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  • Stephen Scott Johnson

Is Your Truth A Lie?

Updated: Sep 30

For as long as I can remember, I’ve been fascinated with people’s coping strategies, and ability to manipulate the expectations of others as a key survival trait. Human beings have innate skill at dishonesty – to ‘white lie’ and lie in the extreme to alter reality to their advantage – but at what cost?

There is a phenomenon known among psychologists as the “illusion of truth” effect, wherein a lie is repeated until it becomes the accepted reality. It reminds me of fake news – a subtle repetition and conditioning that makes a fact seem truer, regardless of whether it is or not. It’s the same when we lie to ourselves to hide how we feel and escape the truth of reality. We bury feelings but they never really disappear, especially those born from fear.

We make a lie into a truth in order to survive.

To fully understand our capacity to live in unreality, we must first understand the origin of deceit and that lies are born from trauma, disappointment and betrayal. Put simply, it is always the result of something happening to us.

When I was six years old my dad built a shed in the backyard of our home as a storage space and workshop. I loved that shed because it was a place for us to hangout and make stuff together – painting, crafting, woodwork – where time disappeared in a myriad of creative projects. My dad travelled a lot for work, so for me the shed also represented quality time and connection. What I didn’t enjoy was when dad was away the shed was off limits, and the enormous padlock on the door signalled that it was a no-go zone.

Being six years old and ever curious, overcoming that obstacle consumed every waking moment. One day, my neighbour, Michael, came over to play. He was older and taller than me – a viable solution to above-mentioned padlock challenge. I went about telling an elaborate story of the fun that awaited beyond that locked door AND that we had permission to enter – that my dad had simply forgotten to leave the key before he left. I implored Michael to break the padlock. He repeatedly asked if I was sure it was okay to go in there. I wanted in so badly that I lied, reassuring him everything was fine. An hour passed and our attempts to gain access were in vain.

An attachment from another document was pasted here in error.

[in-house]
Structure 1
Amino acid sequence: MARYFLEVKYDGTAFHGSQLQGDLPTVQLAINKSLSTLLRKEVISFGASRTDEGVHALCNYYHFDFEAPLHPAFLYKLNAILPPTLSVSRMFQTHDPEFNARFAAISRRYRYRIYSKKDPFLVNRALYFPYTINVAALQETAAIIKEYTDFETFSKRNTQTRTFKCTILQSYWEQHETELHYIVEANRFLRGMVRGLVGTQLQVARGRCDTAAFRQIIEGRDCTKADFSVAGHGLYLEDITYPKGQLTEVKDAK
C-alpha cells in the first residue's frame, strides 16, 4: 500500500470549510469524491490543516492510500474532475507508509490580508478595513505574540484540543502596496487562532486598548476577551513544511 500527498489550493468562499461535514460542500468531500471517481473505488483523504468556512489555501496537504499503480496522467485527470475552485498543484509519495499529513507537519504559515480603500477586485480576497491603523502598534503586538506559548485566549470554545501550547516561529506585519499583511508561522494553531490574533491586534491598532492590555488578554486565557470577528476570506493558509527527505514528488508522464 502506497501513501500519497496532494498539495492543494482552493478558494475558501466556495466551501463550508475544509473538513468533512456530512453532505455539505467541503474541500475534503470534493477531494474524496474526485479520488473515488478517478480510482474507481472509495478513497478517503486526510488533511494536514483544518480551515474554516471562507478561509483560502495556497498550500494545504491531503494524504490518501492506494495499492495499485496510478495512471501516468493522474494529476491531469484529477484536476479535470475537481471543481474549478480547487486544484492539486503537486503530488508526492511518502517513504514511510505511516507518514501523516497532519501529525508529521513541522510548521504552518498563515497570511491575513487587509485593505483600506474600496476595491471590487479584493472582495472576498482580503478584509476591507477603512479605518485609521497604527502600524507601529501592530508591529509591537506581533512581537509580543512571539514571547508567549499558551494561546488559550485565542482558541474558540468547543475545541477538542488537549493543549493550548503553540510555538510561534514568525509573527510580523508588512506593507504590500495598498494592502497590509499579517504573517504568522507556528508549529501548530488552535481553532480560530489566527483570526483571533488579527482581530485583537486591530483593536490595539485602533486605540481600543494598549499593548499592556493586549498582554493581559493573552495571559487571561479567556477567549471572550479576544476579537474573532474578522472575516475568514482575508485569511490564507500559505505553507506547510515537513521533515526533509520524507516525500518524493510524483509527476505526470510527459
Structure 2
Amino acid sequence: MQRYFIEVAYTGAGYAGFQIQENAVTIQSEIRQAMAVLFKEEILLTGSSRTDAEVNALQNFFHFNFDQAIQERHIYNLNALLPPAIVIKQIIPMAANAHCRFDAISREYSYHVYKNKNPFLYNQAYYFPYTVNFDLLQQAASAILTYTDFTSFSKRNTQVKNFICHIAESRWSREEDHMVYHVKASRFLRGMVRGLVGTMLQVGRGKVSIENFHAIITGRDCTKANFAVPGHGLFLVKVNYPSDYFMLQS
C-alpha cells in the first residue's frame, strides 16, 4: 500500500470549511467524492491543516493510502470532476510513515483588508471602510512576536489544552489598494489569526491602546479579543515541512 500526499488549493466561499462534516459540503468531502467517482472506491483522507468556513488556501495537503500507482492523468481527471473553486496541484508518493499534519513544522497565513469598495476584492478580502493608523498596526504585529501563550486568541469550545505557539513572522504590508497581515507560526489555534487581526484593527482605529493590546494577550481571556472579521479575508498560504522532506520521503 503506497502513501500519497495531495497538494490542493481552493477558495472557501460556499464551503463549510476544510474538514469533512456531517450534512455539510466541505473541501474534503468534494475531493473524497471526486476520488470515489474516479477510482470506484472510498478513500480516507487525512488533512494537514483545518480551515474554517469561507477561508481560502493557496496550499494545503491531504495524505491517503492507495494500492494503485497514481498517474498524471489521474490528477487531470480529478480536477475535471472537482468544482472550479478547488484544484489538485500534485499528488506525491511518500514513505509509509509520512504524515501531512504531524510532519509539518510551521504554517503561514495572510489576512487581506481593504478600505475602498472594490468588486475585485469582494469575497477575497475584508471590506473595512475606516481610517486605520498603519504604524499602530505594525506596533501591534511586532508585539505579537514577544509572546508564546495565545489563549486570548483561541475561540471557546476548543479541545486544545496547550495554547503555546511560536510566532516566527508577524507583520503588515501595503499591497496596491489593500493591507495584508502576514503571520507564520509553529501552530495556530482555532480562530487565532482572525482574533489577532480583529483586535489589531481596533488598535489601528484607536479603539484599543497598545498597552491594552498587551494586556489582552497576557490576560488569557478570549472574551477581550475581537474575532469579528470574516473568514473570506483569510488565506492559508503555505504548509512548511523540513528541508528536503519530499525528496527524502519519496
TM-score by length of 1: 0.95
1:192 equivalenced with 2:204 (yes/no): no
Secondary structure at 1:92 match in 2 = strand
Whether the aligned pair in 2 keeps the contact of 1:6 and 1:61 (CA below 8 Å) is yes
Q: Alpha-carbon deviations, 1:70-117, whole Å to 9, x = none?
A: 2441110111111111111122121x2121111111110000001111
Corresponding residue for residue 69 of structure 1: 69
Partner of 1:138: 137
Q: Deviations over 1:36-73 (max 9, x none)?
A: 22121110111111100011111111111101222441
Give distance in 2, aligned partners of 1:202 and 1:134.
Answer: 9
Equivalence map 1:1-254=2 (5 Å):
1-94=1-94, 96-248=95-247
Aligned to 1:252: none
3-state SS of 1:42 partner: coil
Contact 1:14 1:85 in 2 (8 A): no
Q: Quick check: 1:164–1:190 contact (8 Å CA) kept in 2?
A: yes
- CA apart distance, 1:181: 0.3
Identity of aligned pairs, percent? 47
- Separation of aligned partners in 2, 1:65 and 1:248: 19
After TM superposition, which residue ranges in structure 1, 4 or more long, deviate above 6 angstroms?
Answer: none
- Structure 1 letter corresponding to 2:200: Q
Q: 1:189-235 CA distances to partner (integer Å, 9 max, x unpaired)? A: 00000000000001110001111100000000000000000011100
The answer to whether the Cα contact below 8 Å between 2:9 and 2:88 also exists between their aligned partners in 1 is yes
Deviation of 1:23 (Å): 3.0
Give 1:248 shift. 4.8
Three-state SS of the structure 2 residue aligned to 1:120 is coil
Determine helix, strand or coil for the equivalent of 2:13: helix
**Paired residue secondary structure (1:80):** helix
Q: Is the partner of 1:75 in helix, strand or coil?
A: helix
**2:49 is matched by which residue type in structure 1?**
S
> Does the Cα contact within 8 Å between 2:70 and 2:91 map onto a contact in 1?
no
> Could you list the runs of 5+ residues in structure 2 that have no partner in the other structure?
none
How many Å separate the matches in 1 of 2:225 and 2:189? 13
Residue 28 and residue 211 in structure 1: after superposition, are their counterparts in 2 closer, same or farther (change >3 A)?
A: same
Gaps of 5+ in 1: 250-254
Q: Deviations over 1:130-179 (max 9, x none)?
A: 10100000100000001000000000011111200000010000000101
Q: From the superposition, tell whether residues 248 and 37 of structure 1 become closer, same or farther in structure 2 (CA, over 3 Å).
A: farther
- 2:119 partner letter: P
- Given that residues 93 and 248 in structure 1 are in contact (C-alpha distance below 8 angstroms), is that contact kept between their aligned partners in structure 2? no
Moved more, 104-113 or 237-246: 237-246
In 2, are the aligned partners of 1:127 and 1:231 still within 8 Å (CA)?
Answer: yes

What I didn’t plan for was my dad’s rage the next day when he discovered the padlock damaged beyond repair, or that he would have to borrow a friend’s bolt cutters to access the shed. I was terrified of his wrath because it was so out of character for him and I received a roasting for my actions. Looking back on that moment, I was more afraid of rejection and of disappointing my dad than of the lie itself – a seemingly justifiable self-protective action to the mind of a six-year old. How often do we do this – fabricate stories or embellish truth to avoid pain or judgment? Instead of ‘fessing-up’ about the fact that I had masterminded what happened, I threw Michael under the bus and said it was all his idea. *Hangs head in shame.